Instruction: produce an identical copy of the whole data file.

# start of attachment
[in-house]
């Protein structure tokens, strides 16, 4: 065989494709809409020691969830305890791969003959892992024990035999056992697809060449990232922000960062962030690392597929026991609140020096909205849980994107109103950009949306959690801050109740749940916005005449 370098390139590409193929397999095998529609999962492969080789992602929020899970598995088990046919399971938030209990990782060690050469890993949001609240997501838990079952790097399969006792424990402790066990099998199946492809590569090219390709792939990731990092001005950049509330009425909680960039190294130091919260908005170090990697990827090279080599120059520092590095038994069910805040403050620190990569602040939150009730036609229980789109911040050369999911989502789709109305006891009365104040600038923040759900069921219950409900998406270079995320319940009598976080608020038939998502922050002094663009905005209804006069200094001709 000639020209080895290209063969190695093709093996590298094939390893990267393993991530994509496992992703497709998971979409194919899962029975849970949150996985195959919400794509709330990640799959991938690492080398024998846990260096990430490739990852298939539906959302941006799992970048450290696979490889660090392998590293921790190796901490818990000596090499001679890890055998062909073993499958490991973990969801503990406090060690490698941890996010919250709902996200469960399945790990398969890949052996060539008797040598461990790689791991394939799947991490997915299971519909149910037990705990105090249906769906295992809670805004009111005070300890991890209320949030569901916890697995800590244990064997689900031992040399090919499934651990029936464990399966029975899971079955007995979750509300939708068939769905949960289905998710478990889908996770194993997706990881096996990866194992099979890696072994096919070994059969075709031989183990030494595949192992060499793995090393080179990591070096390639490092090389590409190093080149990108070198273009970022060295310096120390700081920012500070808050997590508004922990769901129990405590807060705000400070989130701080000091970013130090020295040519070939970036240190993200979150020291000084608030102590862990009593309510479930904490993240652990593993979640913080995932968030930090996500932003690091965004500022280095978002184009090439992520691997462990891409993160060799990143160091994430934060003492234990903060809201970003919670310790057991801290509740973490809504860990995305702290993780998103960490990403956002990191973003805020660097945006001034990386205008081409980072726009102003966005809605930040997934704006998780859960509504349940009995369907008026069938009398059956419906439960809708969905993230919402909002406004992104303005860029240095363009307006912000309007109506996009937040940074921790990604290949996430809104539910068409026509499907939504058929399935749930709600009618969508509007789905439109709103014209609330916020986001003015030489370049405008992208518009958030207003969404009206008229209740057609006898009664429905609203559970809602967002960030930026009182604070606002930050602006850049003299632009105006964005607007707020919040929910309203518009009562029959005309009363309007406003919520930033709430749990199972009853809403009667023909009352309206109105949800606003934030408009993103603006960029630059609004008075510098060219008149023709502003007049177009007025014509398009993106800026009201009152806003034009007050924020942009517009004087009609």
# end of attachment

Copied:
[in-house]
């Protein structure tokens, strides 16, 4: 065989494709809409020691969830305890791969003959892992024990035999056992697809060449990232922000960062962030690392597929026991609140020096909205849980994107109103950009949306959690801050109740749940916005005449 370098390139590409193929397999095998529609999962492969080789992602929020899970598995088990046919399971938030209990990782060690050469890993949001609240997501838990079952790097399969006792424990402790066990099998199946492809590569090219390709792939990731990092001005950049509330009425909680960039190294130091919260908005170090990697990827090279080599120059520092590095038994069910805040403050620190990569602040939150009730036609229980789109911040050369999911989502789709109305006891009365104040600038923040759900069921219950409900998406270079995320319940009598976080608020038939998502922050002094663009905005209804006069200094001709 000639020209080895290209063969190695093709093996590298094939390893990267393993991530994509496992992703497709998971979409194919899962029975849970949150996985195959919400794509709330990640799959991938690492080398024998846990260096990430490739990852298939539906959302941006799992970048450290696979490889660090392998590293921790190796901490818990000596090499001679890890055998062909073993499958490991973990969801503990406090060690490698941890996010919250709902996200469960399945790990398969890949052996060539008797040598461990790689791991394939799947991490997915299971519909149910037990705990105090249906769906295992809670805004009111005070300890991890209320949030569901916890697995800590244990064997689900031992040399090919499934651990029936464990399966029975899971079955007995979750509300939708068939769905949960289905998710478990889908996770194993997706990881096996990866194992099979890696072994096919070994059969075709031989183990030494595949192992060499793995090393080179990591070096390639490092090389590409190093080149990108070198273009970022060295310096120390700081920012500070808050997590508004922990769901129990405590807060705000400070989130701080000091970013130090020295040519070939970036240190993200979150020291000084608030102590862990009593309510479930904490993240652990593993979640913080995932968030930090996500932003690091965004500022280095978002184009090439992520691997462990891409993160060799990143160091994430934060003492234990903060809201970003919670310790057991801290509740973490809504860990995305702290993780998103960490990403956002990191973003805020660097945006001034990386205008081409980072726009102003966005809605930040997934704006998780859960509504349940009995369907008026069938009398059956419906439960809708969905993230919402909002406004992104303005860029240095363009307006912000309007109506996009937040940074921790990604290949996430809104539910068409026509499907939504058929399935749930709600009618969508509007789905439109709103014209609330916020986001003015030489370049405008992208518009958030207003969404009206008229209740057609006898009664429905609203559970809602967002960030930026009182604070606002930050602006850049003299632009105006964005607007707020919040929910309203518009009562029959005309009363309007406003919520930033709430749990199972009853809403009667023909009352309206109105949800606003934030408009993103603006960029630059609004008075510098060219008149023709502003007049177009007025014509398009993106800026009201009152806003034009007050924020942009517009004087009609």